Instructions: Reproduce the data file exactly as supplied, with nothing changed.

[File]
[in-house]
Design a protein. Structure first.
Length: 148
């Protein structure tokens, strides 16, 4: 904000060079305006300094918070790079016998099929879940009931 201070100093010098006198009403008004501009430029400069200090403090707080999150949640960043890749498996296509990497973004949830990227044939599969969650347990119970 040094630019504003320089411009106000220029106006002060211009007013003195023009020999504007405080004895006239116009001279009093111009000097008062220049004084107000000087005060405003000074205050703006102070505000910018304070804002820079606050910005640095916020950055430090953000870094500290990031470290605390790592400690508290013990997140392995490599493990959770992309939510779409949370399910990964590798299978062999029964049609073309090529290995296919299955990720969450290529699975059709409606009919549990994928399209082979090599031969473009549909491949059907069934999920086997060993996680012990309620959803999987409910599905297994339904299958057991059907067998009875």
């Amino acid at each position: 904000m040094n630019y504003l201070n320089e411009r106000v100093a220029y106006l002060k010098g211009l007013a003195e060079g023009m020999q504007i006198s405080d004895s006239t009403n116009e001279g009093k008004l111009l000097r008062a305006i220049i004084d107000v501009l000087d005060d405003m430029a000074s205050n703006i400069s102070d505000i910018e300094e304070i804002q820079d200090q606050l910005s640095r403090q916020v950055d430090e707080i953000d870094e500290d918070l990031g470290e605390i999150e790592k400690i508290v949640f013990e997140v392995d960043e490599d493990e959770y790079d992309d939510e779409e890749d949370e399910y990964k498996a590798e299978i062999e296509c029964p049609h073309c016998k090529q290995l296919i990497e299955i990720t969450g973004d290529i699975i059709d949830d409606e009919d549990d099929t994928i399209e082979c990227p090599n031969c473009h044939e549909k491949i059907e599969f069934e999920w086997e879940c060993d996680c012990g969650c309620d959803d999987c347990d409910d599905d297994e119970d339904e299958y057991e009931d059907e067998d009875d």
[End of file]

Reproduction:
[in-house]
Design a protein. Structure first.
Length: 148
């Protein structure tokens, strides 16, 4: 904000060079305006300094918070790079016998099929879940009931 201070100093010098006198009403008004501009430029400069200090403090707080999150949640960043890749498996296509990497973004949830990227044939599969969650347990119970 040094630019504003320089411009106000220029106006002060211009007013003195023009020999504007405080004895006239116009001279009093111009000097008062220049004084107000000087005060405003000074205050703006102070505000910018304070804002820079606050910005640095916020950055430090953000870094500290990031470290605390790592400690508290013990997140392995490599493990959770992309939510779409949370399910990964590798299978062999029964049609073309090529290995296919299955990720969450290529699975059709409606009919549990994928399209082979090599031969473009549909491949059907069934999920086997060993996680012990309620959803999987409910599905297994339904299958057991059907067998009875």
């Amino acid at each position: 904000m040094n630019y504003l201070n320089e411009r106000v100093a220029y106006l002060k010098g211009l007013a003195e060079g023009m020999q504007i006198s405080d004895s006239t009403n116009e001279g009093k008004l111009l000097r008062a305006i220049i004084d107000v501009l000087d005060d405003m430029a000074s205050n703006i400069s102070d505000i910018e300094e304070i804002q820079d200090q606050l910005s640095r403090q916020v950055d430090e707080i953000d870094e500290d918070l990031g470290e605390i999150e790592k400690i508290v949640f013990e997140v392995d960043e490599d493990e959770y790079d992309d939510e779409e890749d949370e399910y990964k498996a590798e299978i062999e296509c029964p049609h073309c016998k090529q290995l296919i990497e299955i990720t969450g973004d290529i699975i059709d949830d409606e009919d549990d099929t994928i399209e082979c990227p090599n031969c473009h044939e549909k491949i059907e599969f069934e999920w086997e879940c060993d996680c012990g969650c309620d959803d999987c347990d409910d599905d297994e119970d339904e299958y057991e009931d059907e067998d009875d």